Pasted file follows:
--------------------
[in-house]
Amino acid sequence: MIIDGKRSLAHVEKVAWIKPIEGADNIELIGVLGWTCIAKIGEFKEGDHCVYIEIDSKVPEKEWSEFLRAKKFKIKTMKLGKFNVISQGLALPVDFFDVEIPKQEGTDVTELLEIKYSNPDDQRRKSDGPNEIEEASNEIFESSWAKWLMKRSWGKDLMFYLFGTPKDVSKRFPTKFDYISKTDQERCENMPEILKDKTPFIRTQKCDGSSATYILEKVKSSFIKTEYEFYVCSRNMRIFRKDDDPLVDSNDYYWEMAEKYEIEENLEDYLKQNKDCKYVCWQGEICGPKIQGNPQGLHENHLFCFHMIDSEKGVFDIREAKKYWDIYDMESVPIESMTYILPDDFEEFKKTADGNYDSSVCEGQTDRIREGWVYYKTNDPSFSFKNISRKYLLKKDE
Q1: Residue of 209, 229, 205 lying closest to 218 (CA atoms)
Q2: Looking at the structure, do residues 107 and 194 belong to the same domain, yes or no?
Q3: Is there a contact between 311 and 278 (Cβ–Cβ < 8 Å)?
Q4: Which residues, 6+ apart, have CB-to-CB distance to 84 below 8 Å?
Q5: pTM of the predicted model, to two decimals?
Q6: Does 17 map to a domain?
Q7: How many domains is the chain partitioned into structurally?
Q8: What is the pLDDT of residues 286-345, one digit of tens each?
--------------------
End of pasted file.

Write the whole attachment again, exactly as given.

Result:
[in-house]
Amino acid sequence: MIIDGKRSLAHVEKVAWIKPIEGADNIELIGVLGWTCIAKIGEFKEGDHCVYIEIDSKVPEKEWSEFLRAKKFKIKTMKLGKFNVISQGLALPVDFFDVEIPKQEGTDVTELLEIKYSNPDDQRRKSDGPNEIEEASNEIFESSWAKWLMKRSWGKDLMFYLFGTPKDVSKRFPTKFDYISKTDQERCENMPEILKDKTPFIRTQKCDGSSATYILEKVKSSFIKTEYEFYVCSRNMRIFRKDDDPLVDSNDYYWEMAEKYEIEENLEDYLKQNKDCKYVCWQGEICGPKIQGNPQGLHENHLFCFHMIDSEKGVFDIREAKKYWDIYDMESVPIESMTYILPDDFEEFKKTADGNYDSSVCEGQTDRIREGWVYYKTNDPSFSFKNISRKYLLKKDE
Q1: Residue of 209, 229, 205 lying closest to 218 (CA atoms)
Q2: Looking at the structure, do residues 107 and 194 belong to the same domain, yes or no?
Q3: Is there a contact between 311 and 278 (Cβ–Cβ < 8 Å)?
Q4: Which residues, 6+ apart, have CB-to-CB distance to 84 below 8 Å?
Q5: pTM of the predicted model, to two decimals?
Q6: Does 17 map to a domain?
Q7: How many domains is the chain partitioned into structurally?
Q8: What is the pLDDT of residues 286-345, one digit of tens each?